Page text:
MM: I tried to just give an overview, speaking closely to my personal experiences. So, for example, one thing I talked about is how an article from a far-right newspaper that went online and came out the same day [Gov. Ron] DeSantis announced the new trustees. In it was a link to a document to trans-inclusive resources that I worked on. I have a lot of trans friends and peers. It was something I was really passionate about at New College, and I made this sheet with a professor, and right at the top, it says this sheet was made by Madison Markham and by the professor’s name and then our emails. I had to get my email deleted and get a new one because there were concerns from faculty and staff that I might get harassment because it was featured in this article that was accusing by name, some of them by name, the faculty of indoctrination. That was just the same day that was a change I had experienced in life at New College.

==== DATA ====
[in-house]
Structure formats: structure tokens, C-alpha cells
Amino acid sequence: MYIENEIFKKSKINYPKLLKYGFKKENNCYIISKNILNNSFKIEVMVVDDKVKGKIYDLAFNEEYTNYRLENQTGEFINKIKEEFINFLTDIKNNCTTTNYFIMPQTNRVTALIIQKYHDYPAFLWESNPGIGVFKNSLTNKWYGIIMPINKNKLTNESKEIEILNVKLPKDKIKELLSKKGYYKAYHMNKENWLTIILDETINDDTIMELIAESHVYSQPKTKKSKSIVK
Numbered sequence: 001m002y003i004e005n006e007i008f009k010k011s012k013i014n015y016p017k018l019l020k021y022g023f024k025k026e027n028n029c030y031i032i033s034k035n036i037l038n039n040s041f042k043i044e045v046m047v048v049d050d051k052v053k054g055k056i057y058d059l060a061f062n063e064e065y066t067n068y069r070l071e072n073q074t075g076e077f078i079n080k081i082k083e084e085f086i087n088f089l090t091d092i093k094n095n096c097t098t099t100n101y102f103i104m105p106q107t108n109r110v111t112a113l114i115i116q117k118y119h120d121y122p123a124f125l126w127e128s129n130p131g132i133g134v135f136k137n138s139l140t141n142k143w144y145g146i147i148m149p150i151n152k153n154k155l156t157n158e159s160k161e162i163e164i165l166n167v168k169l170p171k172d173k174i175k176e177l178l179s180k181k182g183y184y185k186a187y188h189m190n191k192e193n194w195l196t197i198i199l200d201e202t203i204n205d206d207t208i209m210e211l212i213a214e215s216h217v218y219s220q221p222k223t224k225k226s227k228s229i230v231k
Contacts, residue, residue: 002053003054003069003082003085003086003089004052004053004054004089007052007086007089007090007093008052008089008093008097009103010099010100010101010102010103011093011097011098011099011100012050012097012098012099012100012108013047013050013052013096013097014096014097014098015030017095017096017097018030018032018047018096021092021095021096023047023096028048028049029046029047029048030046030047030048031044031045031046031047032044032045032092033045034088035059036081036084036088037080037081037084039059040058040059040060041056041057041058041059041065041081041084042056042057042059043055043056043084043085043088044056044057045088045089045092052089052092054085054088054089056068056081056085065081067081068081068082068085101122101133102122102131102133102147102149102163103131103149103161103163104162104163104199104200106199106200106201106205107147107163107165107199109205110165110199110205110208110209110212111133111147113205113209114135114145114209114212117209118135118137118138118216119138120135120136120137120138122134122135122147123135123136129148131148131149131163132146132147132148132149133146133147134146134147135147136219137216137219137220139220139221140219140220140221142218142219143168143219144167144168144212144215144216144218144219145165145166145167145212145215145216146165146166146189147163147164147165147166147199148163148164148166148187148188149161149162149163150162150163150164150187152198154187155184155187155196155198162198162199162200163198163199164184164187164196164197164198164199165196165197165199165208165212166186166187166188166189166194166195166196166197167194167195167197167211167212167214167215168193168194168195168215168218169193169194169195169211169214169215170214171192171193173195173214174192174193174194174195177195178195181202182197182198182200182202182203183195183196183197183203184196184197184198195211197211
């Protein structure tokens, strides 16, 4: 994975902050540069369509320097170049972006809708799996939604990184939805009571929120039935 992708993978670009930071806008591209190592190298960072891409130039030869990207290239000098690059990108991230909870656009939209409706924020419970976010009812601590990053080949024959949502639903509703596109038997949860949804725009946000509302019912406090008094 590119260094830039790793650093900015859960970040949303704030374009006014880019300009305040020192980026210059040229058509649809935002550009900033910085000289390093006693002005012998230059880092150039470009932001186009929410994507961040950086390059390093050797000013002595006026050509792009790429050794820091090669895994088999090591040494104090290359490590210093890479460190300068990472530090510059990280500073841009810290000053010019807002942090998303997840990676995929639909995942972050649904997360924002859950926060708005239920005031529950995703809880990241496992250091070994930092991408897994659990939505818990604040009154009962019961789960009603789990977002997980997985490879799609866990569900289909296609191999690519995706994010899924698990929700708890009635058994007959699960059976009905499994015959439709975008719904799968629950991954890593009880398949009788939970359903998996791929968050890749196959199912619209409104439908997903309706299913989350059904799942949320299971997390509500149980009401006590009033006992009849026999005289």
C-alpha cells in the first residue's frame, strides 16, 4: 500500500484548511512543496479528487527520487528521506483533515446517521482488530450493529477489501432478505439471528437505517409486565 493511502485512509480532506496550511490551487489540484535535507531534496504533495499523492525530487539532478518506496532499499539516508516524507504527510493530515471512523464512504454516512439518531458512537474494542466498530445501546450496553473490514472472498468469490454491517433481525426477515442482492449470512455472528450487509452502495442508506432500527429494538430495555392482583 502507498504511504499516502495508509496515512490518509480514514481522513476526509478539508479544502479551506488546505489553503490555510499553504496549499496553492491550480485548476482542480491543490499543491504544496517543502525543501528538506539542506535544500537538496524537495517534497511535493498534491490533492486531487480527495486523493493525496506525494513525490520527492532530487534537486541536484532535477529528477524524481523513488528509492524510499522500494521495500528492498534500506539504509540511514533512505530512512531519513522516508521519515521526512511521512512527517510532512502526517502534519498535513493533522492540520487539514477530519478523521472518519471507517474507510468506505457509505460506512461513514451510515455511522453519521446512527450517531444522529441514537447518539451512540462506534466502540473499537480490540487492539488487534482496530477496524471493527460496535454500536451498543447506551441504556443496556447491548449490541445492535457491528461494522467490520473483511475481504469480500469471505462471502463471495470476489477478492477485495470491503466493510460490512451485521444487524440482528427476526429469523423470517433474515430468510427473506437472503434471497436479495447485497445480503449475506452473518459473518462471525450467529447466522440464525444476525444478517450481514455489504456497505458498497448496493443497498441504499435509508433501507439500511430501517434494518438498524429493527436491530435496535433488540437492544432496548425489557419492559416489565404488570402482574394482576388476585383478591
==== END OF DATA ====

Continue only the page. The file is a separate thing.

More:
JW: The former New College student was part of a group from Florida that says their state government is violating the United Nations’ International Covenant on Civil and Political Rights. The United States has ratified that covenant.
Traveling to Geneva with Markham was a high school teacher from Miami who cannot teach African American history anymore. There was also a representative of minority rights group Dream Defenders, who was hit by a car whose driver intentionally wanted to hurt protesters. Other groups that took part in the testimony before the Human Rights Council were Florida Rising, Power U Center for Social Change, SURJ, and Community Justice Project.